It’s time to remove the blinders - guard yourself and those you love from one of Satan’s most powerful tools!

Ooh, talk about earnest. Naturally Marilyn Manson gets blamed for a lot of this devilish devilry and figures prominently, but ascribing all that infernal power to a dude who spends two hours doing his make-up before he leaves the house never seems to strike the producers as even the teensiest bit silly…

Pastor Joseph Schimmel is not actually the host of the series, as stated on the box cover—it’s actor Grant Goodeve who you might recall from The Love Boat, Eight is Enough or Northern Exposure. But if that is Schimmel breathlessly reciting the voice over—you can hear his saliva hitting the mic throughout the entire thing, as he repeatedly trips over his words—he should have paid Goodeve the extra bucks to narrate as well as host. It sounds like he’s amped up on crank and drooling the entire time. Say it, don’t spray it, Reverend…

Here’s one particularly good short sample of the, er… charms, I guess, of They Sold Their Souls for Rock N Roll that explains how Michael Jackson used an Aleister Crowley-style ritual to contact the spirit of Liberace! Crowley gets blamed for everything here, don’t you know? Scroll in to about 2:20 to start.
 

 
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Part one of They Sold Their Souls for Rock N Roll. Should you wish to torture yourself with more, it’s easy enough to find the rest. I recommend the Amazon reviews.

Posted by Richard Metzger | Leave a comment
The socialist politician Aleister Crowley nominated as his successor
04.25.2014
07:23 am

Topics:
History
Occult

Tags:
Aleister Crowley
Tom Driberg

yelworcgrebird1.jpg
 
The name Tom Driberg might not mean much today, but Driberg was at the center of nearly every major political and cultural event during the twentieth century. He was, as his biographer Francis Wheen described him, like Woody Allen’s fictional creation “Zelig,” for Tom had been:

...on the picket lines of the General Strike, in Spain during the civil war, in America for Pearl Harbor, in Paris for the liberation, in Buchenwald just after it was relieved, in Korea with the Royal Marines, in London when it was Swinging.

Driberg was a respected British politician, a member of parliament and Chairman of the Labour Party. He was also a journalist and author. As a young man at Oxford University he had been part of the gilded “Brideshead” generation, alongside Evelyn Waugh, W. H. Auden (who he introduced to T. S. Eliot’s The Wasteland), and Cyril Connolly, who later wrote of this privileged group:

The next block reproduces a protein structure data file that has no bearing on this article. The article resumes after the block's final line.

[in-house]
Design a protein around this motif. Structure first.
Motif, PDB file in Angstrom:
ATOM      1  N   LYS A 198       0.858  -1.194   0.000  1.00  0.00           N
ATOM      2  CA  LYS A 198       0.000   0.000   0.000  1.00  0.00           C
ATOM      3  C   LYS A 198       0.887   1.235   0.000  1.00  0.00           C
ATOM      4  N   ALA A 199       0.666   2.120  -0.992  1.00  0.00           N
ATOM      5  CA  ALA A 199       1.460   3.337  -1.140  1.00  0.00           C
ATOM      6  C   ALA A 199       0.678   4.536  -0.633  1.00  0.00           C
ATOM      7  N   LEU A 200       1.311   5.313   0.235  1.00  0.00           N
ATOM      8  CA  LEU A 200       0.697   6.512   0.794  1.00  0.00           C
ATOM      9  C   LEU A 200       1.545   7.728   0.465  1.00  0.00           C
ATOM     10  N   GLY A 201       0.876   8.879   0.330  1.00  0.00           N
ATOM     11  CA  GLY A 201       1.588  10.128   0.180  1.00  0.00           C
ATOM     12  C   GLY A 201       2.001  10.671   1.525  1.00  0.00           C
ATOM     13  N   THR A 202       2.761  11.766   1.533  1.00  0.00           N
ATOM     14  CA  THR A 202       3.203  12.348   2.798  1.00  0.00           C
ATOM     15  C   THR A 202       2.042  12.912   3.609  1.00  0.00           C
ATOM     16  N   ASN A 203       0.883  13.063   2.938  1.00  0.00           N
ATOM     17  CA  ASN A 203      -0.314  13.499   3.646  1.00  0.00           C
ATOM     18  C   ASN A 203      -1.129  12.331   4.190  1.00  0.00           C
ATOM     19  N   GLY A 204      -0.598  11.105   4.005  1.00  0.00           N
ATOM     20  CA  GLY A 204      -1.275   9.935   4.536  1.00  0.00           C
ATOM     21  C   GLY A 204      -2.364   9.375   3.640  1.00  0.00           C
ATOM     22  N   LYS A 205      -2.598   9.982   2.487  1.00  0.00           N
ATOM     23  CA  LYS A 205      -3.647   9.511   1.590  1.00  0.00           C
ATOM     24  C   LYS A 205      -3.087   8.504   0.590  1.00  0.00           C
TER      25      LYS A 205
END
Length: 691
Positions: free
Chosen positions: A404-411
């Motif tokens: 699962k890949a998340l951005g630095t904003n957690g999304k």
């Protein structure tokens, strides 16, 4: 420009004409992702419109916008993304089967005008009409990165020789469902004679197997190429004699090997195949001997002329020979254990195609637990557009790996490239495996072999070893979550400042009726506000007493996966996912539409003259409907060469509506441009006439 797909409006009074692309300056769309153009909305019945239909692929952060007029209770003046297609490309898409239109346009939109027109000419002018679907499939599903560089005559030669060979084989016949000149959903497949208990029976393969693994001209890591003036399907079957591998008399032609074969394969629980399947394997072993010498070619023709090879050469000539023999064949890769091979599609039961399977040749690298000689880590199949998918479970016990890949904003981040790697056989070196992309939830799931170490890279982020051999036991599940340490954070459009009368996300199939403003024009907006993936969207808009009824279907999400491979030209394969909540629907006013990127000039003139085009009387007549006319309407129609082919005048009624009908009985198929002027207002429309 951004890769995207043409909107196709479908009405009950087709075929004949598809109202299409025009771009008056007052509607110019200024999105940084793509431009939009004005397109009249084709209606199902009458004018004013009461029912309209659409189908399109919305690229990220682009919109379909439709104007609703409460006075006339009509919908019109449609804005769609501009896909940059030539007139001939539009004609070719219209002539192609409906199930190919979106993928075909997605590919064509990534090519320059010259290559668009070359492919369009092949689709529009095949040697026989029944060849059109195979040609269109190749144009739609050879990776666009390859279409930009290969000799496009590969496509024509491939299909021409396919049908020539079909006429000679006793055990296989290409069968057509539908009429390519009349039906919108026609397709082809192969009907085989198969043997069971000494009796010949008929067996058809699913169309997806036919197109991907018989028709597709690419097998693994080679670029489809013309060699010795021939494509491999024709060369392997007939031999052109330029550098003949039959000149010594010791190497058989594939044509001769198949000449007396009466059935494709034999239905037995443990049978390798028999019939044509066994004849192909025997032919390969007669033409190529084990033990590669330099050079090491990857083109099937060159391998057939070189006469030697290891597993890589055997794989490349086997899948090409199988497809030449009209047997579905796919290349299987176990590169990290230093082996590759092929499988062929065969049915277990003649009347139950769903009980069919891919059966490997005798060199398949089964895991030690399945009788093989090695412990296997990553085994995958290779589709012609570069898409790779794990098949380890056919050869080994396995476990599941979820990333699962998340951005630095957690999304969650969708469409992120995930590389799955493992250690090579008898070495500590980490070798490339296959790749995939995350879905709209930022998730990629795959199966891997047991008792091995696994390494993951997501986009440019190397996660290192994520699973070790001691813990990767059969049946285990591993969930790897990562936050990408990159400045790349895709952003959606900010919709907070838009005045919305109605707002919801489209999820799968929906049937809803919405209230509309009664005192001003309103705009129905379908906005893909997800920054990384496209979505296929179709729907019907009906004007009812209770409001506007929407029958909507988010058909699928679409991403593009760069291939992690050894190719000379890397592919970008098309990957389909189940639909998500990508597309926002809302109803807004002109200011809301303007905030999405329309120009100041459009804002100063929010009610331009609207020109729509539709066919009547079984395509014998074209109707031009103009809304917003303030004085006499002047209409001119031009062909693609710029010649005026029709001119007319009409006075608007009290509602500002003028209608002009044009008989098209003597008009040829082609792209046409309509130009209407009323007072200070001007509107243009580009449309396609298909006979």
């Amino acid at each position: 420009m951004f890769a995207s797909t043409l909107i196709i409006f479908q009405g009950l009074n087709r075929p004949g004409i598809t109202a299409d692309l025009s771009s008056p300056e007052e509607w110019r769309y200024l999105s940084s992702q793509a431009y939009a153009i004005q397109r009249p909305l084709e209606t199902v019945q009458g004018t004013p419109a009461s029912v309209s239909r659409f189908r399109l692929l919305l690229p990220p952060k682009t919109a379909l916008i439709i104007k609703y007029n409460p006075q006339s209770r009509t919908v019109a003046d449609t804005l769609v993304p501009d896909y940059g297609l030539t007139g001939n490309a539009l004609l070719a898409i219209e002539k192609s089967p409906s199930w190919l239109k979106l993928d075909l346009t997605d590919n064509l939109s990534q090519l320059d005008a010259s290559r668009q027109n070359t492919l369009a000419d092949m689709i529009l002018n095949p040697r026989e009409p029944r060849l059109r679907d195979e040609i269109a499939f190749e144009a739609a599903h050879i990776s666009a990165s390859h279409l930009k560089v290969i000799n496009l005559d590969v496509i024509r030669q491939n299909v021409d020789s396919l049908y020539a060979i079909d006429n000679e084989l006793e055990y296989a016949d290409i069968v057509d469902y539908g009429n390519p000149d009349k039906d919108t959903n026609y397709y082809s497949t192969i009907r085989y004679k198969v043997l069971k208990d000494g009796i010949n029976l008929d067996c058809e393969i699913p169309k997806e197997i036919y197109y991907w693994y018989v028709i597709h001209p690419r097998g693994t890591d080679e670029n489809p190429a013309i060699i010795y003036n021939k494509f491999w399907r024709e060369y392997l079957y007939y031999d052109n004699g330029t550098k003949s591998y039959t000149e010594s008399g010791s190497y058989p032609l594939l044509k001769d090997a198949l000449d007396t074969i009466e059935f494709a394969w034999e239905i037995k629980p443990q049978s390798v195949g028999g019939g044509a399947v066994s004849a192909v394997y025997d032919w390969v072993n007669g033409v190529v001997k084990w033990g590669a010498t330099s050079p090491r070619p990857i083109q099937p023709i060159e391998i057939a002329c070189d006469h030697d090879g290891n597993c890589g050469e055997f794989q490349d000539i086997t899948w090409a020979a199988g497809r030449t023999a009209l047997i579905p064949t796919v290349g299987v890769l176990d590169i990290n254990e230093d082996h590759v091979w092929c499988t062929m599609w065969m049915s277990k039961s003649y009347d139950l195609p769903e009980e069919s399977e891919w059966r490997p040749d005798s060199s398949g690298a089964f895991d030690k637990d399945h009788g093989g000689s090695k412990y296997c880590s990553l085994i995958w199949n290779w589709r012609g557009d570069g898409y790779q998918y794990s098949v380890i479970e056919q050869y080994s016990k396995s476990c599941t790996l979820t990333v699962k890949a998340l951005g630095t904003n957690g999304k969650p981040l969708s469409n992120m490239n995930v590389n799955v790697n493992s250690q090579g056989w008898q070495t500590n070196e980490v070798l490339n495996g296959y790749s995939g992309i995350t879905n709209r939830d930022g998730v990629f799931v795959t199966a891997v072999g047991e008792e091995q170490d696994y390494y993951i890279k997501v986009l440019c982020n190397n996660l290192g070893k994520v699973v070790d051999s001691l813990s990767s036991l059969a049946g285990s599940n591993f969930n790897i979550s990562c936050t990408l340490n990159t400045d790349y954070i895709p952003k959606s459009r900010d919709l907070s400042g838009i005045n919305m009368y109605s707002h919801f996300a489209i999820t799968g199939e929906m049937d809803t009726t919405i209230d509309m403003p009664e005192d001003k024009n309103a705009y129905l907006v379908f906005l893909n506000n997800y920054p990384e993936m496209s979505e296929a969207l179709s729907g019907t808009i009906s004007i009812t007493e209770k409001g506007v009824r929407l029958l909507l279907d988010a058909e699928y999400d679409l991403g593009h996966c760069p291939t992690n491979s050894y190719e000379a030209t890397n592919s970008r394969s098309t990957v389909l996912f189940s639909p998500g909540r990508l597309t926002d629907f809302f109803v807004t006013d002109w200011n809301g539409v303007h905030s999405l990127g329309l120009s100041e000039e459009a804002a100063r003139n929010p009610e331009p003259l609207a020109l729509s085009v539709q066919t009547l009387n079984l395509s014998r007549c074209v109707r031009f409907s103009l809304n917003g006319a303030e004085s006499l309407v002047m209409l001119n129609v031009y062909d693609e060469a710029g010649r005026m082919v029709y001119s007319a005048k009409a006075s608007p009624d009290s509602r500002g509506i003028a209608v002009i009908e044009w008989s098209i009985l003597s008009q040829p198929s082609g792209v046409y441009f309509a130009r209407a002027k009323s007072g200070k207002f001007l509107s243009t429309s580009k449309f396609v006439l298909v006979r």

“We were the last generation of womanless Oxford. Men who liked women were apt to get sent down.”

At university, Driberg indulged his sexual tastes and formed his political allegiance to the Communist Party. He had a brief career as a poet and became friends with Sacheverell and Osbert Sitwell.

After university he started his career as a journalist establishing and writing the “William Hickey” gossip column for the conservative Daily Expres. Though Driberg married Ena Mary Binfield in 1951, he was gay and lived a dangerously promiscuous life in the decades before homosexuality was decriminalized in Britain. Driberg mixed with a variety of notorious gay underworld figures, including Ronnie Kray with whom Driberg was rumored to have had an affair. He also mixed with royalty and celebrities, such as Mick Jagger with whom he discussed revolution and politics and tried to convince the singer into standing for parliament as a Labour MP.

Driberg was expelled from the Communist party. He had links to MI5, knew double-agent and Guy Burgess and was always suspected of alleged treachery. In later years, Driberg famously supported the legalisation of cannabis and contributed to satirical magazine Private Eye where he compiled the crossword. Peter Cook and Dudley Moore famously satirized Driberg as a lecherous and predatory homosexual in stockings and suspenders.

Driberg may seem like a mythical figure, but this brief summation only skims the surface of his life. Indeed, one of the more incredible tales in Driberg’s biography was his association with Aleister Crowley and how the “Great Beast” chose Driberg to be his successor.

When Driberg was at university his writing came to the attention of Aleister Crowley who for whatever reason took an interest in his verse poem “Homage to Beethoven” and invited the young man to lunch at the Eiffel Tower restaurant.

Crowley was already there when I got to the Eiffel Tower. He stood up, stout, bald and middle-aged, in a well-cut plus-four suit of green hand-woven tweed, and greeted me. Then, as we sat down, he said, in a rather high cracked, donnish voice: ‘Pardon me while I invoke the Moon.’

We did not on this occasion go into these deeper matters. I asked him whether at this time he was performing any magical ceremonies in London. He took the opportunity to explain that they were very expensive to set up—the pentacle must be just so, et cetera, or it could be dangerous. All the same, a lot of rubbish had been written about his magic. Magic was simply ‘the art of causing change to occur in conformity with will.’ It operated in quite everyday ways: when you used the telephone it was magic, or would have been thought so a century ago.